Friday, May 2, 2008

Rubin: Data on Security in Afghanistan's Regional Command/East

My debate with David Ignatius on the NewsHour has sparked a discussion about security in NATO's Regional Command/East, has sparked a debate about the reported success of U.S. counter-insurgency efforts. Washington Post "reporter"/government stenographer David Ignatius claimed that "the U.S. counterinsurgency strategy has begun to get some traction." In a subsequent post, in addition to criticizing the helicopter tour/PR handout school of "journalism," I cited data showing that in the first quarter of 2008 attacks by anti-government elements in the east had increased 30 percent over the same period last year.

Peter Marton at [My] State Failure Blog reviews the arguments about security in RC/E and notes that it is not the same as the "Eastern Region" (ER) as defined by my source. That ER consists of four provinces (Laghman, Nangarhar, Kunar, and Nuristan), whereas RC/E includes ten others as well (Paktika, Paktia, Khost, Ghazni, Logar, Wardak, Bamiyan, Parwan, Panjshir, and Kapisa).

I asked my source to aggregate the data by NATO command and got the following chart for the first four months of 2008 compared to 2007:

This chart shows that throughout RC/E attacks have been only slightly higher this year than last year, though there has been a spurt in the last week of April, when the Taliban announced their spring offensive. It will be important to see if the insurgent surge continues.

Marton cites U.S. military claims (relayed by Anne Marlowe) that the attacks are concentrated in smaller areas. Combined with the above data, the conclusion seems to be that U.S. efforts have confined the same or slightly greater effort by the insurgents to a smaller area. Given the nature of guerrilla warfare, which places a premium on mobility, surprise, and strategic choice of targets, this does not seem like much success.

After this debate, the U.S. embassy in Kabul wrote to offer me the RC/E helicopter tour. I'll take up the offer when I can, but my next trip (forthcoming soon) will be too short. Meanwhile, I wrote my correspondent in Kabul that "It's nice to know that when the government collapses in Kabul, at least Khost will still be secure." He wrote back to say, "You gave my my first laugh of the day, and it's 7 PM here." But he who laughs last....


Anonymous said...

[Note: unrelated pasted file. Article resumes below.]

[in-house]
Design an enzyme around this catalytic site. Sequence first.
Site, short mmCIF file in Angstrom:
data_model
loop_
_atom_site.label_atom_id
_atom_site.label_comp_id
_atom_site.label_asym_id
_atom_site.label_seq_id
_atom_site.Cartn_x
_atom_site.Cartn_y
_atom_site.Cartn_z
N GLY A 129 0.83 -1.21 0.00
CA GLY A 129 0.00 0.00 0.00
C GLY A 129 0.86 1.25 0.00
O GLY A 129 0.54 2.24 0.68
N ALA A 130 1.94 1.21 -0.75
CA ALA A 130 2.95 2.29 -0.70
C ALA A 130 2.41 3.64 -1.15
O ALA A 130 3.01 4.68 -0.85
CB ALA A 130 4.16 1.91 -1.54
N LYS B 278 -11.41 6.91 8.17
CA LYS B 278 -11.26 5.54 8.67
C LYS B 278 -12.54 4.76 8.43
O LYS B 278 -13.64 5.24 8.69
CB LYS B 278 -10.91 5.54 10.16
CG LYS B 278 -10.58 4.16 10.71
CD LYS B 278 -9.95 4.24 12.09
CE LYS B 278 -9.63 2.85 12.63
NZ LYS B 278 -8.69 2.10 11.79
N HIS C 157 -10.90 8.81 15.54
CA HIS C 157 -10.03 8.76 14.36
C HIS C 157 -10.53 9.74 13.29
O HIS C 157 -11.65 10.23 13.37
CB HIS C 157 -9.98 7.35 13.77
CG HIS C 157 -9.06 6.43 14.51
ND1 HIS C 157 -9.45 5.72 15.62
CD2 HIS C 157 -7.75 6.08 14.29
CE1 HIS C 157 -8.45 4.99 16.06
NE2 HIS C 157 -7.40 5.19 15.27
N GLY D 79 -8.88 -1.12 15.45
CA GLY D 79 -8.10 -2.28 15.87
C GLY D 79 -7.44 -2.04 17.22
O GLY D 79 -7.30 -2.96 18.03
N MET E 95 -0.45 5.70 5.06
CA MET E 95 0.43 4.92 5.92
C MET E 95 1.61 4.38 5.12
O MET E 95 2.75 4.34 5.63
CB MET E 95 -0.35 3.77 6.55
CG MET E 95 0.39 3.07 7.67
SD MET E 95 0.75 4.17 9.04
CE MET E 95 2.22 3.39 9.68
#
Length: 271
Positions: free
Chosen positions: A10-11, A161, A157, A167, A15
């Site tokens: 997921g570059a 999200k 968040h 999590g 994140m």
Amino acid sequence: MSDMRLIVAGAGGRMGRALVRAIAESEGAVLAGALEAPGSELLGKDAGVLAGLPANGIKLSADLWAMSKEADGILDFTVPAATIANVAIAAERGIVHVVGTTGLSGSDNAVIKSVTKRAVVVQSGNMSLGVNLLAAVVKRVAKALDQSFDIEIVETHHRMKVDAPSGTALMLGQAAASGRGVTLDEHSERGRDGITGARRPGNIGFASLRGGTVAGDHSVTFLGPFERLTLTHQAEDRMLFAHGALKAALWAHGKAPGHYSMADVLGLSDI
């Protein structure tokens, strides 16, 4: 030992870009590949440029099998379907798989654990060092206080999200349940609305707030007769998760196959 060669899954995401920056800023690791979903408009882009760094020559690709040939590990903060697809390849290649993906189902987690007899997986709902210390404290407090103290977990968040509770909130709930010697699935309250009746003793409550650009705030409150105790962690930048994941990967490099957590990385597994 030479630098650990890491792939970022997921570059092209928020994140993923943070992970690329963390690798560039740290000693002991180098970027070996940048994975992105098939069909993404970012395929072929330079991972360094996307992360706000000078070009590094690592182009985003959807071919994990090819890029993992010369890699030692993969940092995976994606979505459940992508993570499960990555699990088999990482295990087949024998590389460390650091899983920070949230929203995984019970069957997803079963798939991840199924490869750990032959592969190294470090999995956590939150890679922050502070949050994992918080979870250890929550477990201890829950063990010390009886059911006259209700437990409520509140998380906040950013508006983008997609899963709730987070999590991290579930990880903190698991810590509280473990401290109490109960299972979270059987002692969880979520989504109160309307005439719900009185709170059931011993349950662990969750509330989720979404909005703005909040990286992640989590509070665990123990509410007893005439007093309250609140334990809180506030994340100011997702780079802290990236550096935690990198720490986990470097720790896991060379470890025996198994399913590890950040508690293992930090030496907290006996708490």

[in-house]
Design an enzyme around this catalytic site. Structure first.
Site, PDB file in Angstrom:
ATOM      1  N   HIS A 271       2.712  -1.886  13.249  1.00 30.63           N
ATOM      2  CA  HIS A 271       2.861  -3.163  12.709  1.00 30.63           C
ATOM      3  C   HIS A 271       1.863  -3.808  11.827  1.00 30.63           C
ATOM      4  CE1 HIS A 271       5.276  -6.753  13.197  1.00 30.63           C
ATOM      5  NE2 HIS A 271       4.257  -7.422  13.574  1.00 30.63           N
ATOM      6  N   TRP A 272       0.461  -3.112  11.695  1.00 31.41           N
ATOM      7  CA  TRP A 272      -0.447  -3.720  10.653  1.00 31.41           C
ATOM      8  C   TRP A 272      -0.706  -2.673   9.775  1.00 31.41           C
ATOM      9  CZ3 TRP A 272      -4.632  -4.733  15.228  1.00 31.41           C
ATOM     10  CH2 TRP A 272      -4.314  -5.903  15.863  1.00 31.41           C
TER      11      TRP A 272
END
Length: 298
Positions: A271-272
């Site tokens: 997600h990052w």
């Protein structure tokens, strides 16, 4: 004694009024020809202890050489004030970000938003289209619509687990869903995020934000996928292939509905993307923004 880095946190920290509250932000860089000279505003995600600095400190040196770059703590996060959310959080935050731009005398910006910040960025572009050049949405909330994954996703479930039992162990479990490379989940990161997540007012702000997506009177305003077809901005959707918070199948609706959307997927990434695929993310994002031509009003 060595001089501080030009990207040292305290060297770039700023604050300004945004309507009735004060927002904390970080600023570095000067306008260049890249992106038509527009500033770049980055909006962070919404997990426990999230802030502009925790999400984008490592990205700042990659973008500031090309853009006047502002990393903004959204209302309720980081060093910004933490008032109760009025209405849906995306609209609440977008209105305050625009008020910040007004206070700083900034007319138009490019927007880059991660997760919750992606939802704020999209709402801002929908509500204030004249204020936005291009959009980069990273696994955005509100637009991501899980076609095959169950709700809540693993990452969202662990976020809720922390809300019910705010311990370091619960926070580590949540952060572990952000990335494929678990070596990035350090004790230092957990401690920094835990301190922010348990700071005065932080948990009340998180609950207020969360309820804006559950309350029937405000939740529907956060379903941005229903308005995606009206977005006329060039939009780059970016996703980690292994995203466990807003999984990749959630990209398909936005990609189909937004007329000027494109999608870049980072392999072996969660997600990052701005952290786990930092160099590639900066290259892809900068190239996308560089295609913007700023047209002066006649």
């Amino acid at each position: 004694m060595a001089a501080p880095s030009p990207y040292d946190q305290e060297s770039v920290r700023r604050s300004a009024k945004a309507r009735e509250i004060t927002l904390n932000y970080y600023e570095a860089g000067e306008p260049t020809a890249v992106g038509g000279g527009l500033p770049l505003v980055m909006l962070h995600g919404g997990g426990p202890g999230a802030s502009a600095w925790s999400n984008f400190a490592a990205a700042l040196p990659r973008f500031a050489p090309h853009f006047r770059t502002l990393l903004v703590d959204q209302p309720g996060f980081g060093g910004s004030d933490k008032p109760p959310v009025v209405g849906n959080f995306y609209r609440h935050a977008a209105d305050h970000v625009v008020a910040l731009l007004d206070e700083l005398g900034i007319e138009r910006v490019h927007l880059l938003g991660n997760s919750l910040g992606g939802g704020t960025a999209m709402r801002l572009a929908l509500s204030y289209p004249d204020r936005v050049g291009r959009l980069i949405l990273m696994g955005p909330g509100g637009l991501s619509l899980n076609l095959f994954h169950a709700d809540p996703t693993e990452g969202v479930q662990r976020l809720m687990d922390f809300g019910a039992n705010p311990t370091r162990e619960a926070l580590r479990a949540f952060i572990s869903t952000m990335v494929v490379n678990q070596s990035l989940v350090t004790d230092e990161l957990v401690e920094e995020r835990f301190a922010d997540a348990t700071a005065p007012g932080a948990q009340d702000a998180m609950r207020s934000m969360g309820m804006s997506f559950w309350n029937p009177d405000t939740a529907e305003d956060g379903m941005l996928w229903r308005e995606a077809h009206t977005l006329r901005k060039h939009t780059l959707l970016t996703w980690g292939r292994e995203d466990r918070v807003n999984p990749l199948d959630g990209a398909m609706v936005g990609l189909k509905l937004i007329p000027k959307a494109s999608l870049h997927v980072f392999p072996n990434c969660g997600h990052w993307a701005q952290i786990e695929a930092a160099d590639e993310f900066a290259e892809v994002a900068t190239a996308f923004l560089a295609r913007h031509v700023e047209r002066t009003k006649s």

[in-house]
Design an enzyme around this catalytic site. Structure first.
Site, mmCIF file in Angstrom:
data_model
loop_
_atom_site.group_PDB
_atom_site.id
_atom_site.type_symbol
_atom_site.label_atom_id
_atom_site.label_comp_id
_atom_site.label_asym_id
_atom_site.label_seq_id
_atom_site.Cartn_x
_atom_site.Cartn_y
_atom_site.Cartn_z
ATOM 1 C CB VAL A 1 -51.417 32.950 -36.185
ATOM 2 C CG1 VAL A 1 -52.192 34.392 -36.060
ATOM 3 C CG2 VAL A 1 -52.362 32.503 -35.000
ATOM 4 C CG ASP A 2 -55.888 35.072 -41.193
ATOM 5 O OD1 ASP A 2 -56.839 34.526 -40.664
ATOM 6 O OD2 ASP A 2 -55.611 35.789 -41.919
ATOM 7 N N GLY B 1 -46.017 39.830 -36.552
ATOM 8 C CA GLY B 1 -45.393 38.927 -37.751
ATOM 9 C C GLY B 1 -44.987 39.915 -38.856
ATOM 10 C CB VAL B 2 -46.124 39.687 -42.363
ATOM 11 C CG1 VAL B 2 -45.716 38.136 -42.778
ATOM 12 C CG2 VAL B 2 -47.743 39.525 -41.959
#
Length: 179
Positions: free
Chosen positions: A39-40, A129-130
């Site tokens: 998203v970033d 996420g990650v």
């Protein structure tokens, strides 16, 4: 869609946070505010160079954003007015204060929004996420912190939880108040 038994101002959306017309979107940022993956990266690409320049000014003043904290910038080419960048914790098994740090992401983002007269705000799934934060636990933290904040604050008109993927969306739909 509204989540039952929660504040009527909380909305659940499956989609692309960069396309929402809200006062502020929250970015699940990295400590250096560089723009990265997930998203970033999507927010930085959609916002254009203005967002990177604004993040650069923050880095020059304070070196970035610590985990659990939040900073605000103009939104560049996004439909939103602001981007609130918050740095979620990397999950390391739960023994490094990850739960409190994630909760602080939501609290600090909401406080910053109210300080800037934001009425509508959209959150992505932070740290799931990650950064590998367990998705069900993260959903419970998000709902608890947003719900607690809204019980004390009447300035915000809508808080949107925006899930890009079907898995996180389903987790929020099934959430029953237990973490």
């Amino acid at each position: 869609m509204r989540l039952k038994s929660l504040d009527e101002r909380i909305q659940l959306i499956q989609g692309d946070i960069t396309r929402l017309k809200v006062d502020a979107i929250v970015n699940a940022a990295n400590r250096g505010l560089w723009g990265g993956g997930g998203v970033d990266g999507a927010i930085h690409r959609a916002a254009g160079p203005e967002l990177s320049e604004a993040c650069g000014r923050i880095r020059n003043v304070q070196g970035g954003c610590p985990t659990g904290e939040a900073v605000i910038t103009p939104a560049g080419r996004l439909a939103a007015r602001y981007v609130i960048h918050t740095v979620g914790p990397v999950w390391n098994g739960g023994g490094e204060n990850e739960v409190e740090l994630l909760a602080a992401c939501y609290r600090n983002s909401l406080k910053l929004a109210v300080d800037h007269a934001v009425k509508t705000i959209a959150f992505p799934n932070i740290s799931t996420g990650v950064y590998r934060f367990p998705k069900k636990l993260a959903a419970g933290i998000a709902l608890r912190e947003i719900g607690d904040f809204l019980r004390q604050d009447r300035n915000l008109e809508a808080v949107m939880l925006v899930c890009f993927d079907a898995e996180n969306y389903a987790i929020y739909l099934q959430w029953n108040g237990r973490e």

How do we measure progress?

Often, it is true that insurgents like to be able to move from place to place. But, at the same time, many insurgents expect conventional forces to move into a locality and maintain visible control. When that happens, the insurgents often just move out and hide in the hills or other populated areas. They, the, learn to plan their strategy to do political operations. They learn how a permanent political base has more lasting consequences than do conventional forces guarding roads, bridges, and buildings, etc.

The second point is that often, the insurgents do not win wars; but the government implodes. The insurgents win by default.

With all that in mind, what can we measure to determine how well we are doing?

1. Personally, I like to measure our ability to recruit participation.

2. What about measuring the number and influence of factions?

3. What about corruption?

4. What about completion of government projects that the people want?

5. Then, is it possible to measure government collaboration with village initiatives like protecting schools that the Taliban want to burn?

6. How many village leaders collaborate with both sides?

7. What about measuring the effect of the warlord bullies?

If we do not know enough to measure or at least estimate theses kinds of factors, then we have a serious problem.

Bob Spencer

P├ęter Marton said...

Dear Dr Rubin,
Thank you very much for your response and the additional data.
It's really difficult to interpret, though. My feeling is also that any local gains talked of nowadays might only be temporary as these provinces are more directly affected by whatever is coming from the direction of Pakistan.
I'd say that if the kinetic activity is concentrated to a smaller area - if it is really sustainable that it remain so - it might be good. Less people affected by the consequences of asymmetrical tactics employed by insurgents and counter-insurgents. From a population-centric viewpoint it must be good - if it is sustainable. That's indeed the question.
If e.g. a major part of RC-East is sold out as a relatively less risky AO now to non-U.S. troops, that are willing to go there specifically because of the impression that these areas are less risky, that won't contribute to the sustainability of any gains there.

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